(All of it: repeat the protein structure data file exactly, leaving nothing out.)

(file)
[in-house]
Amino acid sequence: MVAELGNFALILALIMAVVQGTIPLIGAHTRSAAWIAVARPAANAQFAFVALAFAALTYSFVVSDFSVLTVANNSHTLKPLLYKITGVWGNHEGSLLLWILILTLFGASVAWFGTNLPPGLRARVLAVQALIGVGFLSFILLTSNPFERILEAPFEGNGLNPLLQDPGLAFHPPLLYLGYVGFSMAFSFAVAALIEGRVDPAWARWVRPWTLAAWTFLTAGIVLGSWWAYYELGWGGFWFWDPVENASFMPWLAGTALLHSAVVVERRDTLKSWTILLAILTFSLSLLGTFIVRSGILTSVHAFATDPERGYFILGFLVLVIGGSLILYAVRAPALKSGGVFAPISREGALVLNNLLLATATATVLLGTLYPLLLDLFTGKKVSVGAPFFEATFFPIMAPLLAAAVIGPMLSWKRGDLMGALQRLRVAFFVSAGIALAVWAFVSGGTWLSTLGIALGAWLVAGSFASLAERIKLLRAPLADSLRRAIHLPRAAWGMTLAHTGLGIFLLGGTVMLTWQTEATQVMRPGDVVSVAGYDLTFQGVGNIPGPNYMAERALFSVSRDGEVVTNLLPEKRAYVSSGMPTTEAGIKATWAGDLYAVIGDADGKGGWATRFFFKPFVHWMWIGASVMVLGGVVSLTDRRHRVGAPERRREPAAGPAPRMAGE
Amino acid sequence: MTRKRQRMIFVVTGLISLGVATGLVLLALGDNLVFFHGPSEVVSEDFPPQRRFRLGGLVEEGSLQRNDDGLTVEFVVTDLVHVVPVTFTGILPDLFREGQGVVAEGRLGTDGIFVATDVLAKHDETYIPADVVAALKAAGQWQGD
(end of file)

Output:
[in-house]
Amino acid sequence: MVAELGNFALILALIMAVVQGTIPLIGAHTRSAAWIAVARPAANAQFAFVALAFAALTYSFVVSDFSVLTVANNSHTLKPLLYKITGVWGNHEGSLLLWILILTLFGASVAWFGTNLPPGLRARVLAVQALIGVGFLSFILLTSNPFERILEAPFEGNGLNPLLQDPGLAFHPPLLYLGYVGFSMAFSFAVAALIEGRVDPAWARWVRPWTLAAWTFLTAGIVLGSWWAYYELGWGGFWFWDPVENASFMPWLAGTALLHSAVVVERRDTLKSWTILLAILTFSLSLLGTFIVRSGILTSVHAFATDPERGYFILGFLVLVIGGSLILYAVRAPALKSGGVFAPISREGALVLNNLLLATATATVLLGTLYPLLLDLFTGKKVSVGAPFFEATFFPIMAPLLAAAVIGPMLSWKRGDLMGALQRLRVAFFVSAGIALAVWAFVSGGTWLSTLGIALGAWLVAGSFASLAERIKLLRAPLADSLRRAIHLPRAAWGMTLAHTGLGIFLLGGTVMLTWQTEATQVMRPGDVVSVAGYDLTFQGVGNIPGPNYMAERALFSVSRDGEVVTNLLPEKRAYVSSGMPTTEAGIKATWAGDLYAVIGDADGKGGWATRFFFKPFVHWMWIGASVMVLGGVVSLTDRRHRVGAPERRREPAAGPAPRMAGE
Amino acid sequence: MTRKRQRMIFVVTGLISLGVATGLVLLALGDNLVFFHGPSEVVSEDFPPQRRFRLGGLVEEGSLQRNDDGLTVEFVVTDLVHVVPVTFTGILPDLFREGQGVVAEGRLGTDGIFVATDVLAKHDETYIPADVVAALKAAGQWQGD